re: Flextronics Preps Software Fleet Contract manufacturing of hardware is a business plan that most on these boards are familiar with. Intellectual Property (IP) is generally folded into custom ASICs or other highly technical components. This model has been under assault for quite some time by the 'fabless' semiconductor people who offer components to everyone but trade off the hidden IP for time-to-market.

Systems vendors have embraced this model during the downturn because it enabled them to unload a pile of top-class hardware talent. Their justification was that they wanted to approach the business model of Microsoft which is very lean on capital expenditure (ie: minimal hardware research/design and test capability necessary, which are capital intensive.).

The real questions I see relate to who the customers will be. At what point will Flex become a system house to compete with Lucent, Cisco, and Nortel? They already have the hardware designs of all 3, with a software force the size quoted, how long would it take to compile the best features of each and make their own equipment?

So what is the plan? What are the steps required for this business unit to be successful?

First of all they need more strict adherence to design standards by all their suppliers and customers (don't forget that their customers are the Lucents', Ciscos', and Nortels' of the world). Why is this important? It allows them to build a library of 'standard' software features that can be used for any system without the entanglement of licensing (as they are 'standard').

Second is the code library. What they are selling is, once again, time-to-market. They want all those software guys working on something billable to a customer. What will really drive revenue growth is having one customer pay for the code development of certain key functionality modules which can then be sold to other customers. "They would not be allowed to do this by the customer who paid for it in the first place!!!" Software is a wierd animal in that sense. It can be really difficult to prove software re-use by a contract manufacturer because this would involve potentially violating the product confidentiality of another client.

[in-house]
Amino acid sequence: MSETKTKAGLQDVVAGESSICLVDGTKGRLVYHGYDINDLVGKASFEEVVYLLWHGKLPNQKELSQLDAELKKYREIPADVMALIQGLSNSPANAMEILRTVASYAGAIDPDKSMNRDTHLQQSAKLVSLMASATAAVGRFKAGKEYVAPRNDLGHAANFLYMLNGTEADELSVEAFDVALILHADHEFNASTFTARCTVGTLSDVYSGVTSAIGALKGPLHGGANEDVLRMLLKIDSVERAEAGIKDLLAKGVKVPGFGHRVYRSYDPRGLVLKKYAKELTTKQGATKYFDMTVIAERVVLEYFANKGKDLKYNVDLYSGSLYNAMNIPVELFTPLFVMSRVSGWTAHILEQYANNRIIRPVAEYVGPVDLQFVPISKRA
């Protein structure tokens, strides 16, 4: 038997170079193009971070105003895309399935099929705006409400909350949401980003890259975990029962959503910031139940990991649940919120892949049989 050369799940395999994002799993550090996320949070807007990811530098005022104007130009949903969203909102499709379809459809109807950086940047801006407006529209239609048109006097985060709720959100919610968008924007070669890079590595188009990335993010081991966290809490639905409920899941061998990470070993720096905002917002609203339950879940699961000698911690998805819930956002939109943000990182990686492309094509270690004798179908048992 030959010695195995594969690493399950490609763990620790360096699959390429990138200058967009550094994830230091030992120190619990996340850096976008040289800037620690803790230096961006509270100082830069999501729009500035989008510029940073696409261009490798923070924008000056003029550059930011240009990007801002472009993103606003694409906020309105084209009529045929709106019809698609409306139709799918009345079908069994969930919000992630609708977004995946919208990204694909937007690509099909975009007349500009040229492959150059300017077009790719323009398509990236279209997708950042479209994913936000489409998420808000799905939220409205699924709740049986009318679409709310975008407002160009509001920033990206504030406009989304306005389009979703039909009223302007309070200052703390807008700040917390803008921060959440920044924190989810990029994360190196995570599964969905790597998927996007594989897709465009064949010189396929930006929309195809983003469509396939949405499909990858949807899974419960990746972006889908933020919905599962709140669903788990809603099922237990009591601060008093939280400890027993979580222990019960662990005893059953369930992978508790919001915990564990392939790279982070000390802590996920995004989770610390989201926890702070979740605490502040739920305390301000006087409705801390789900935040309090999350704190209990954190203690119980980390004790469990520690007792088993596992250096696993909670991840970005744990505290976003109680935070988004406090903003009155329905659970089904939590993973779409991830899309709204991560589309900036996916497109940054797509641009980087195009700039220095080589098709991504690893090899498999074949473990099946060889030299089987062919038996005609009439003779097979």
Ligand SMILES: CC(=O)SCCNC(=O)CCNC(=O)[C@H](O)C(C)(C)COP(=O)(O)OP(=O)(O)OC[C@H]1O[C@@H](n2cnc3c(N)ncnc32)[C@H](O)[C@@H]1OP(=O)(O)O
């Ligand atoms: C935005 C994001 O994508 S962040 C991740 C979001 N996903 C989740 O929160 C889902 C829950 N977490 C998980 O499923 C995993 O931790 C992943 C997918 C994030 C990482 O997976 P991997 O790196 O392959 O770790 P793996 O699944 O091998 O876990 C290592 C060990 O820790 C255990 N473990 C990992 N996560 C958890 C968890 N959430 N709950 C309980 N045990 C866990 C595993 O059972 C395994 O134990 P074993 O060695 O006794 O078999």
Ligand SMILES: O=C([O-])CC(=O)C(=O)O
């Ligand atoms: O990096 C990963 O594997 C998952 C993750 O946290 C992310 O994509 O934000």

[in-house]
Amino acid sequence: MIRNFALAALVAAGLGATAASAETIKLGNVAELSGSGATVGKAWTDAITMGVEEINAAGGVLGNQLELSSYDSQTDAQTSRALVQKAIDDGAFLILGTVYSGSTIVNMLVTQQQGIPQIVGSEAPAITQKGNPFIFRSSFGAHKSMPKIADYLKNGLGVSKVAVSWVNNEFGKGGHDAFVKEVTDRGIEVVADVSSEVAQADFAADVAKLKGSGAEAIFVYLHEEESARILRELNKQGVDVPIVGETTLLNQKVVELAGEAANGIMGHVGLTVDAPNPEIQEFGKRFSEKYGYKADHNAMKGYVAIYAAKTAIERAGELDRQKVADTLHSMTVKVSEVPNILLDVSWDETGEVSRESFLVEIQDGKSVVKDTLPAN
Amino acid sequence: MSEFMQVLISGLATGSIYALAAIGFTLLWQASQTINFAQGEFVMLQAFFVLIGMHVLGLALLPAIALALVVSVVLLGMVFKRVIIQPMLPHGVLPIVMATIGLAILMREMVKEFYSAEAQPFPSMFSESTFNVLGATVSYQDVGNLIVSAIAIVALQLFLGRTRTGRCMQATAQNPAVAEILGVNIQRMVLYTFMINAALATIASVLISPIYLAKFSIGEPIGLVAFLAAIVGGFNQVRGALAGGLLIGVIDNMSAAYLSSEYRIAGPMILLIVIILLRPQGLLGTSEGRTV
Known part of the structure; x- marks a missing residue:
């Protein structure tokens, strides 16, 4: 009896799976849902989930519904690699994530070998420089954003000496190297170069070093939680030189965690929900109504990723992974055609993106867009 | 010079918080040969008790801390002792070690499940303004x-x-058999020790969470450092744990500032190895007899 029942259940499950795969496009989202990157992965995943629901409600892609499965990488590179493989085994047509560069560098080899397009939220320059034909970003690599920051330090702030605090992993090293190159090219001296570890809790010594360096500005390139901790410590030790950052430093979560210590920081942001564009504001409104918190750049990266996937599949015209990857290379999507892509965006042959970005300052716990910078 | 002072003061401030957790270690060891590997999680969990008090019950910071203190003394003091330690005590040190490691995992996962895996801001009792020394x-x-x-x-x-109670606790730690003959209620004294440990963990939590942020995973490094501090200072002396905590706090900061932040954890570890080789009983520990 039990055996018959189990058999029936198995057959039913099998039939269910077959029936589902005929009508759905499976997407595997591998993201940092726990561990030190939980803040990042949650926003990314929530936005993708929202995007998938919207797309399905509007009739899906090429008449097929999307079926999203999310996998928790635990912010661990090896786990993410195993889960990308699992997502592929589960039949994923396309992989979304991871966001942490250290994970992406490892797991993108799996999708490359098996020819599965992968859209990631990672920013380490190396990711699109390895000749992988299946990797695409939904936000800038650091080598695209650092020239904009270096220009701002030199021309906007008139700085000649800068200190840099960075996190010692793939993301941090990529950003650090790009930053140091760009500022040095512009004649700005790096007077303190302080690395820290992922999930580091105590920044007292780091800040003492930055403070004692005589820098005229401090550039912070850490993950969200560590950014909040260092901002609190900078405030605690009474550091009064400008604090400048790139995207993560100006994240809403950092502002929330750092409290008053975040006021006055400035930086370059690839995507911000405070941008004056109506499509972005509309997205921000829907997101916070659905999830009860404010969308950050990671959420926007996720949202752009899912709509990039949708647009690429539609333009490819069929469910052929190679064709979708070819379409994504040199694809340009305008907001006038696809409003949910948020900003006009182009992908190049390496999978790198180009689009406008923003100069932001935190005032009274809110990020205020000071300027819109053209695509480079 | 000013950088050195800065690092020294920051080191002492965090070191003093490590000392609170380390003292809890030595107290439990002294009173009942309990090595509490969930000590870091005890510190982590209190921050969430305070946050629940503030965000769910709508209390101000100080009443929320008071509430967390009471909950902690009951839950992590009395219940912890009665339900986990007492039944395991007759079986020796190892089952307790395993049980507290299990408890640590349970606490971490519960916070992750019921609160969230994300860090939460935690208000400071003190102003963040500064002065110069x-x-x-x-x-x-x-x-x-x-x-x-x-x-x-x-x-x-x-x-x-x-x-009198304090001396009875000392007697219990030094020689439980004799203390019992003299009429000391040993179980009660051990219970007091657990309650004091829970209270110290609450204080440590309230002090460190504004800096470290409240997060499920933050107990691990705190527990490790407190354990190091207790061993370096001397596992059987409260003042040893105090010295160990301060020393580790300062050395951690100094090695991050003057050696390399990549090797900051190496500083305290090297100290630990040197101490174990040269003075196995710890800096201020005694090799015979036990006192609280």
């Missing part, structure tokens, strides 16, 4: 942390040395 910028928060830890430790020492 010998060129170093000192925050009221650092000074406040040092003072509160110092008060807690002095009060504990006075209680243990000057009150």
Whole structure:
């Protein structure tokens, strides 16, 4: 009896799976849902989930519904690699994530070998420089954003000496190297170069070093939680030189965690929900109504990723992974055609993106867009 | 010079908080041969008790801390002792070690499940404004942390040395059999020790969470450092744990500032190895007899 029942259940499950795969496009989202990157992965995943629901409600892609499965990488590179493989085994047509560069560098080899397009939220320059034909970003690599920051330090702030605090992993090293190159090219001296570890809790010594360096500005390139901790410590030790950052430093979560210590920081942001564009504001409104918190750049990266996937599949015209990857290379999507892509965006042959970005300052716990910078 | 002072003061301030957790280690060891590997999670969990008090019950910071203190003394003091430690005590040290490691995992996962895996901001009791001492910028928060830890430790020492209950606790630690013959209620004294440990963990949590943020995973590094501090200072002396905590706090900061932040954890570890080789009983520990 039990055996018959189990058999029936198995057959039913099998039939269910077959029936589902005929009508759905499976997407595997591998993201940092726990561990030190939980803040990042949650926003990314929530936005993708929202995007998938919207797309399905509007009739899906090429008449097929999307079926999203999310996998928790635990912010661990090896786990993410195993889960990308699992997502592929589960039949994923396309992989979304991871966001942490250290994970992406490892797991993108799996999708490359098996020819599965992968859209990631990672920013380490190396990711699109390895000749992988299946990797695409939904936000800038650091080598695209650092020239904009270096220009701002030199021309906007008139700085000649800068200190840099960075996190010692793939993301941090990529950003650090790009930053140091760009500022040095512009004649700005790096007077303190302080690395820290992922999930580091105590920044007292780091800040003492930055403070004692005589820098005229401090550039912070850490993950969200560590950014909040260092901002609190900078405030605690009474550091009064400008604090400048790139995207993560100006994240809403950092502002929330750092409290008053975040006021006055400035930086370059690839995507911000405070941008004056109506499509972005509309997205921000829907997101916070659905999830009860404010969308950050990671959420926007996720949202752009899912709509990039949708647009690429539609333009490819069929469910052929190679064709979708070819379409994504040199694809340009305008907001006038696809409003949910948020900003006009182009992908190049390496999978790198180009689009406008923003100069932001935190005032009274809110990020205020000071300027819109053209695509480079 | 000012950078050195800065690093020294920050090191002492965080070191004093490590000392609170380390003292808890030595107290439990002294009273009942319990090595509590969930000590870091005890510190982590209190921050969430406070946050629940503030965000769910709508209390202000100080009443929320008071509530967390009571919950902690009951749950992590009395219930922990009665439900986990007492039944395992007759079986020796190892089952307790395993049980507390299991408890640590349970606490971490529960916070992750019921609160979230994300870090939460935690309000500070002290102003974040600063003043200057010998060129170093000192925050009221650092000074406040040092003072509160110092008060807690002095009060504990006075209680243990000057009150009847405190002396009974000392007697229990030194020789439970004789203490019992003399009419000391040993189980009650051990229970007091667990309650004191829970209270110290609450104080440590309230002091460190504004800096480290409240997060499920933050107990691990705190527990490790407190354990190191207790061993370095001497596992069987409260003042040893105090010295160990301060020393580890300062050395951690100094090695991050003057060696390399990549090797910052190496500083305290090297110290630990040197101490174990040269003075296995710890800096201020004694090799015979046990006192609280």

OK, so we won't keep a software re-use library, we'll just have a couple of designers that are 'experts' in this type of functionality whose time is billed to customers hourly. Well, remember that bug in the module that these guys wrote for Lucent...? It didn't happen to show up in the same module for Nortel... (ie: these 'experts' learned from one customer's development process and applied what they had learned to another's). In the current model, these resident Lucent 'experts' generally have legal prohibitions against working for a competitor on similar areas for several years. There is also the attached distant logistical probability that any x-Lucent Feature-A code writer, working for Nortel would meet the Nortel Feature-A code writer at the water cooler and discuss detailed implementations. The logistical probability is almost a guarantee if all the software is written by a single company.

Good Luck to them, I have a couple of good friends working for Flex...I just can't see it at the moment.

[email protected]
sigint 12/5/2012 | 12:58:10 AM
re: Flextronics Preps Software Fleet This is a very interesting trend, and the spaprseness of the message board for this article suggests that most of us aren't cognizant of it.

I think Solectron has tried to move up the chain by acquiring a few design companies (such as Force Computers), which they later sold to Motorola.

As CMs seek to move lower down the chain, design services companies like Wipro try to move down a bit offering to "arrnage" all logistics of manufacturing and shipping. They already have teams which can test and support. I have a feeling that other services companies are likely to follow suit.

Which probably leaves the have beens in the OEM category with finance and marketing. There's nothing to suggest (from the quarterly results, at any rate) that these companies are fantastic with finance and marketing. How long before CMs and services companies metamorphose into de-facto product companies?

Happy holiday, everyone.
flam 12/5/2012 | 12:58:10 AM
re: Flextronics Preps Software Fleet First of all, I told you so.


Secondly, do not underestimate the guys at HSS. I've dealt with them and their senior people are extremely good. Till now, I believe that they only lacked hardware design skills, which should not be far to find in the design ocean that is Flex.

I've also heard good things about Deccanet.

gothal 12/5/2012 | 12:58:09 AM
re: Flextronics Preps Software Fleet Isn't Future Soft the company that shopped around a few semi-working L2 and L3 reference/demo platforms?
I have worked with some of the guys/gals from FutureSoft. The company tout them as having experience but mostly, you find they come and learn on the job. Somehow, these guys find placements/contracts in svalley ilicon companies that have offshoring contacts in India.